2015 Yamaha TMAX
The average American male has problems, apparently. As I blithely motored past a supersport on the California Interstate, and later a cruiser, both riders visibly bristled, and briefly tried to keep up. I was in a hurry, but neither rider could keep my scooter in view for very long. I was aggressively splitting traffic, but part of the reason was the ease with which this particular scooter could reach triple digit speeds.
Those two male riders may have questioned their manhood, even though the same circumstances would have gone unnoticed had I been aboard a superbike. Scooters seem to do that to a fair number of American motorcyclists.
• Single lens LED taillight provides excellent visibility, extended service life and uses less power than conventional bulbs.
• Immobilizer ignition system is designed to reduce the possibility of “ride away” theft. This system must recognize the “coded ignition key” in order for the unit to start. If the immobilizer ignition does not recognize the key (or a theft’s screwdriver or other type of “jimmy tool”) the bike will not start even if the ignition is turned or forced into the on position. If the system does not recognize the correct coded ignition key, the ignition system and starter will not function.
• Adjustable front brake lever
• Special 525 lightweight O-ring chain is used to reduce weight
• Steering lock
• Lightweight aluminum side stand and chain adjusters
• Lightweight low maintenance sealed gel-type battery
The new TMAX gets a larger, more powerful 530cc parallel twin, together with inverted front forks and (for a scooter) very serious brakes. Radial-mount, four-piston calipers squeeze dual 267mm discs up front. A single disc does the job out back.
Other changes include revised bodywork up front, new mirrors and instrument panel. The new headlights are very bright LED units.
A “Smartkey” has a proximity sensor that allows you to turn the TMAX off or on, and lock it. A 12V outlet is standard.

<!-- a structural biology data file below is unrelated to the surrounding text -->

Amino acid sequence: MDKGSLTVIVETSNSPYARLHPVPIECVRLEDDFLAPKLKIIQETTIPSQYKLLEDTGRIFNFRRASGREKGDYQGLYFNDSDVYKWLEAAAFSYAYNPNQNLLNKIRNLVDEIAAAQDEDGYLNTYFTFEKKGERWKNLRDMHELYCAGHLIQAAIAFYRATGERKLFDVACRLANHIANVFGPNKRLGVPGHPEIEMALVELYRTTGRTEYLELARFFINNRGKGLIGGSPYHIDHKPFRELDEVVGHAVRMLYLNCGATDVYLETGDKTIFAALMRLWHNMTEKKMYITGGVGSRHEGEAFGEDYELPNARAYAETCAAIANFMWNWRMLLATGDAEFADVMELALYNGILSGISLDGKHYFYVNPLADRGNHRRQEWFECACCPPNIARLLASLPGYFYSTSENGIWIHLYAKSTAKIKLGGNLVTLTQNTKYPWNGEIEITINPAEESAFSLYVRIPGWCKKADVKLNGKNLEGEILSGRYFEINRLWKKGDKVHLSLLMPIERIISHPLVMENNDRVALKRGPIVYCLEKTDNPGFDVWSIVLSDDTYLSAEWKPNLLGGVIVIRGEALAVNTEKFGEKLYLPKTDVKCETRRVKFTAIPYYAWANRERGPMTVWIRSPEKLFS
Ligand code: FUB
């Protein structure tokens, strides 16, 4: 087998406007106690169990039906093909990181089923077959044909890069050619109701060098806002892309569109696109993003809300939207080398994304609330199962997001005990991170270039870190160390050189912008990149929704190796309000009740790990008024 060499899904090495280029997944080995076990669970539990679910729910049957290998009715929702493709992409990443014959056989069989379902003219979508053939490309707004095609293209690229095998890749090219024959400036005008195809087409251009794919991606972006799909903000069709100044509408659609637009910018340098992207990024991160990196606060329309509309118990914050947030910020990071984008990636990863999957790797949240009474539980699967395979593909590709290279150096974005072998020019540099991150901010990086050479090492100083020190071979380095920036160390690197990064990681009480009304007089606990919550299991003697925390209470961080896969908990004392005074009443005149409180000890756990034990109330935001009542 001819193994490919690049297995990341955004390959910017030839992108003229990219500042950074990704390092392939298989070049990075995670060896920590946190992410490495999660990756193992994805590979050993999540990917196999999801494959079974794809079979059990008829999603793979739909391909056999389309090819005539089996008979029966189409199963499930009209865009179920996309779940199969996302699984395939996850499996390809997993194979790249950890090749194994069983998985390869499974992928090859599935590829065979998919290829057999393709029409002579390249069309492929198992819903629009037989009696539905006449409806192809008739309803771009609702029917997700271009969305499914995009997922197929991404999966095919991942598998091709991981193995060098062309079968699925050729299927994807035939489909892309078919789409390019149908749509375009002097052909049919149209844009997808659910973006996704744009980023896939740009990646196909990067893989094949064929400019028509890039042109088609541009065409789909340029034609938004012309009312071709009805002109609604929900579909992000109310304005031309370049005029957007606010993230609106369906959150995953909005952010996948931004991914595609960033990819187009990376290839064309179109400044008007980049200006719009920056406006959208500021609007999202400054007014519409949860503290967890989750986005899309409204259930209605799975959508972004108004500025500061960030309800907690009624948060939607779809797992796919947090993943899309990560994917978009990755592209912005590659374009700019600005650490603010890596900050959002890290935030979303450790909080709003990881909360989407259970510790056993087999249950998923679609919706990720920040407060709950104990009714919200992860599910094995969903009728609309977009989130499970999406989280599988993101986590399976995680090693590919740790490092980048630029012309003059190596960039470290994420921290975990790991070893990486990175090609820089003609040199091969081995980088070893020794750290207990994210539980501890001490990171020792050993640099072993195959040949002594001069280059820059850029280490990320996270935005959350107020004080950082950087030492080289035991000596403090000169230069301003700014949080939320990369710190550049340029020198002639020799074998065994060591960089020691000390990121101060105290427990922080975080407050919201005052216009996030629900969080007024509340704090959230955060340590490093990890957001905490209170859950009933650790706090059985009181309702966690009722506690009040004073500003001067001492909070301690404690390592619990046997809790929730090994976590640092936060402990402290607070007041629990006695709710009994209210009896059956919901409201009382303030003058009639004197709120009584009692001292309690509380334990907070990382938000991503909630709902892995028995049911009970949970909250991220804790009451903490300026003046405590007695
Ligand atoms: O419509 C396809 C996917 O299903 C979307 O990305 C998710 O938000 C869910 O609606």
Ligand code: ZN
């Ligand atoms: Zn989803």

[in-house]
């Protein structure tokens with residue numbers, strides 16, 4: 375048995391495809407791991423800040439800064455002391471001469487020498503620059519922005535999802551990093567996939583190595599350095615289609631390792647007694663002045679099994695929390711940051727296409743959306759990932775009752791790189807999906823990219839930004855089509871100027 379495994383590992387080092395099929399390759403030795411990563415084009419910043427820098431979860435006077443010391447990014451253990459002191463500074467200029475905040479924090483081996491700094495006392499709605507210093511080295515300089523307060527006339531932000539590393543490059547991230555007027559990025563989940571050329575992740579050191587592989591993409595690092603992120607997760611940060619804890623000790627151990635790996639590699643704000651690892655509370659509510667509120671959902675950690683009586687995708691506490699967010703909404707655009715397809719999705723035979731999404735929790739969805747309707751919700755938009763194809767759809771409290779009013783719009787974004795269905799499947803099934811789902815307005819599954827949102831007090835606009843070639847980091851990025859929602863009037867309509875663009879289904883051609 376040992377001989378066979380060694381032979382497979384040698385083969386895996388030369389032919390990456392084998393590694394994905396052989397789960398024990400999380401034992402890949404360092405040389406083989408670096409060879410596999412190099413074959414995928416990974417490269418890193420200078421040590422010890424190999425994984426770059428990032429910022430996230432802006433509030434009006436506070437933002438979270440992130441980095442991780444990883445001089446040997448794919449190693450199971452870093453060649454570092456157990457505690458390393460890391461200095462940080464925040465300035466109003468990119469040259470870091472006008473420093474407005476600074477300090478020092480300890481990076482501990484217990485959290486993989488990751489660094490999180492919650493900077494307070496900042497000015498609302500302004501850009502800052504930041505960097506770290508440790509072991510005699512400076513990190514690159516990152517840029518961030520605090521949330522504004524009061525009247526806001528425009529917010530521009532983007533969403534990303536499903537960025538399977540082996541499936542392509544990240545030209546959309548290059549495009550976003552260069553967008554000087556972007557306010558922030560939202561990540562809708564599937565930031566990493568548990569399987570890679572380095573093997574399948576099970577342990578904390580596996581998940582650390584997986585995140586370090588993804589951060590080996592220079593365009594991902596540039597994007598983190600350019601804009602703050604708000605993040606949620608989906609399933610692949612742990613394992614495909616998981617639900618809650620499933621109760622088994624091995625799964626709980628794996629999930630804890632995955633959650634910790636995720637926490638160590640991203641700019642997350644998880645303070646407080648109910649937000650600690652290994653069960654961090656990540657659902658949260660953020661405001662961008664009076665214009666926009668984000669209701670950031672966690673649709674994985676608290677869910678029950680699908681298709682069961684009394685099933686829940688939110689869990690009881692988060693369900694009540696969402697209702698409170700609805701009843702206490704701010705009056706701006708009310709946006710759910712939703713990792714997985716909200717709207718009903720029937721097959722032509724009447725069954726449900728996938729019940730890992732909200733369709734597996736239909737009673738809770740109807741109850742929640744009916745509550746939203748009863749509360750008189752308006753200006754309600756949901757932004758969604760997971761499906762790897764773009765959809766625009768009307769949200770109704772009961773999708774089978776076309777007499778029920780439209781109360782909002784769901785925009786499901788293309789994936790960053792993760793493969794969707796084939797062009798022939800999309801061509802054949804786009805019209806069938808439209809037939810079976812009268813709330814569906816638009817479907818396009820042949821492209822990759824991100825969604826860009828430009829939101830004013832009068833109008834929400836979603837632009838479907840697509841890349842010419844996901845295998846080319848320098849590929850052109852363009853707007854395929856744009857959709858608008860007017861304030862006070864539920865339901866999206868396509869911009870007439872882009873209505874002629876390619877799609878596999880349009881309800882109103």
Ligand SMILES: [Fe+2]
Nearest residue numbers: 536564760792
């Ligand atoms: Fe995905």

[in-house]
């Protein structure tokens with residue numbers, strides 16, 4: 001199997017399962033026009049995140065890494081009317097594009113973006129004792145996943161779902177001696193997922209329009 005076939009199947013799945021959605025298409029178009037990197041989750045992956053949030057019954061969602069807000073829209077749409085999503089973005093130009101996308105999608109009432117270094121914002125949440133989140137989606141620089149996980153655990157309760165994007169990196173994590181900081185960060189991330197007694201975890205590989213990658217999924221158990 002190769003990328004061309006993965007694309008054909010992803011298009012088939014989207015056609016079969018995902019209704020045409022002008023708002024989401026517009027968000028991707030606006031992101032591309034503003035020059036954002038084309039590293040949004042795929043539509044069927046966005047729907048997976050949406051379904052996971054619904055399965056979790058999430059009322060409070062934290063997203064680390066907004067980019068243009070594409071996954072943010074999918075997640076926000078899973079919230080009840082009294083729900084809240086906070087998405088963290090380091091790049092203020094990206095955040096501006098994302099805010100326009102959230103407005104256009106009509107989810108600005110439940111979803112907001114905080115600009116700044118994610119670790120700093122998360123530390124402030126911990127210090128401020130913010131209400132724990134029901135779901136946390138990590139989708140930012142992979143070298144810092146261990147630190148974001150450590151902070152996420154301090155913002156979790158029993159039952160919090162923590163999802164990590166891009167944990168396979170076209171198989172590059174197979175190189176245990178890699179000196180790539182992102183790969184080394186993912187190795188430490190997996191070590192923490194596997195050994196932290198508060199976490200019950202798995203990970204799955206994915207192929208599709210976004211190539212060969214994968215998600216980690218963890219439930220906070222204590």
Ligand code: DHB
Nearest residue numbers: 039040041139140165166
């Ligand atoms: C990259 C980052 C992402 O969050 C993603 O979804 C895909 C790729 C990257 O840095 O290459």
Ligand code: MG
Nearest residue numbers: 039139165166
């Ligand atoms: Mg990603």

Riding the new TMAX is a blast, and immediately reminiscent of the older model. The CVT transmission efficiently, and smoothly, transfers power from the twin cylinder engine to the rear wheel. Acceleration isn’t at sport bike levels, but there is plenty to blast ahead of city and highway traffic should you choose to do so. Like most CVTs, the on-power drone isn’t the most pleasant sound in your helmet.
The seat is comfortable and the ability to stretch your legs out is always appreciated on larger scooters. The seat height, however, is remarkably tall, preventing most riders from flat-footing at stops (and may be intimidating to shorter riders). Both the rider’s seat and passenger’s seat are generous and comfortably (firmly) padded. The underseat storage can hold one, large, full-face helmet, and is certainly nice to have.
For the scooter category, the TMAX is about performance. Indeed, this machine has almost reached cult status in Europe. That engine is always able, even at higher speeds, to accelerate briskly, and the chassis inspires confidence both in the corners and while hard on the brakes.
The low center of gravity, together with the generous braking power, allows for very aggressive braking (without the typical fork dive). Good feedback from the tires helps here, as well.
The windscreen, and wind protection in general, add to the comfort factor, but this 5’11” test rider had to deal with noisy helmet-level buffeting at highway speeds.
The TMAX has excellent ground clearance and can be hustled through the twisties almost like a sport bike, although it does have a tendency to understeer. Once you calibrate to the rather lazy turn-in, no problems.
Gas mileage is not great for a scooter, but that is the trade-off for the higher performance offered by the TMAX. Ridden aggressively, we had trouble getting 100 miles between gasoline fill-ups. YMMV … literally.
The TMAX is a fun, sporty ride, but many American males won’t give it a chance. For this reason, and others, the TMAX is not for everyone, but it doesn’t lack for performance or fun simply because it carries the designation “scooter”. It trades some fuel mileage for the performance that defines its character, however, which might be a negative for commuters and tourers who might otherwise consider a large displacement scooter.